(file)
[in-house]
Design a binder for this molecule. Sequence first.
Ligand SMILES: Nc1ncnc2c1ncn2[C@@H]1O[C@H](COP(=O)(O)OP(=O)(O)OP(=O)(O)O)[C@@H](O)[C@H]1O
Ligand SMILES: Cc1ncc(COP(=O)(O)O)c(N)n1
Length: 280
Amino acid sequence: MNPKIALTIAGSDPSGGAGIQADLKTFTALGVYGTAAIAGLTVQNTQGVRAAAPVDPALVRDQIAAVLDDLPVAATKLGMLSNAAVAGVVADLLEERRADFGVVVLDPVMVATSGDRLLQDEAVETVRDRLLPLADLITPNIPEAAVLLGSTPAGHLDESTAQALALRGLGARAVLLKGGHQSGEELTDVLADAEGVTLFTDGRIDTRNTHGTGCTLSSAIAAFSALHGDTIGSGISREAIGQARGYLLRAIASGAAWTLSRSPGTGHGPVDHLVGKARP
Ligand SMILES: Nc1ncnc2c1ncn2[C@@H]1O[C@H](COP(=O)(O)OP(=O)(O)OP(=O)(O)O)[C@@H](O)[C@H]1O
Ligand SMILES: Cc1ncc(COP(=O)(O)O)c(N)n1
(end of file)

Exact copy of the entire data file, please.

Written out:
[in-house]
Design a binder for this molecule. Sequence first.
Ligand SMILES: Nc1ncnc2c1ncn2[C@@H]1O[C@H](COP(=O)(O)OP(=O)(O)OP(=O)(O)O)[C@@H](O)[C@H]1O
Ligand SMILES: Cc1ncc(COP(=O)(O)O)c(N)n1
Length: 280
Amino acid sequence: MNPKIALTIAGSDPSGGAGIQADLKTFTALGVYGTAAIAGLTVQNTQGVRAAAPVDPALVRDQIAAVLDDLPVAATKLGMLSNAAVAGVVADLLEERRADFGVVVLDPVMVATSGDRLLQDEAVETVRDRLLPLADLITPNIPEAAVLLGSTPAGHLDESTAQALALRGLGARAVLLKGGHQSGEELTDVLADAEGVTLFTDGRIDTRNTHGTGCTLSSAIAAFSALHGDTIGSGISREAIGQARGYLLRAIASGAAWTLSRSPGTGHGPVDHLVGKARP
Ligand SMILES: Nc1ncnc2c1ncn2[C@@H]1O[C@H](COP(=O)(O)OP(=O)(O)OP(=O)(O)O)[C@@H](O)[C@H]1O
Ligand SMILES: Cc1ncc(COP(=O)(O)O)c(N)n1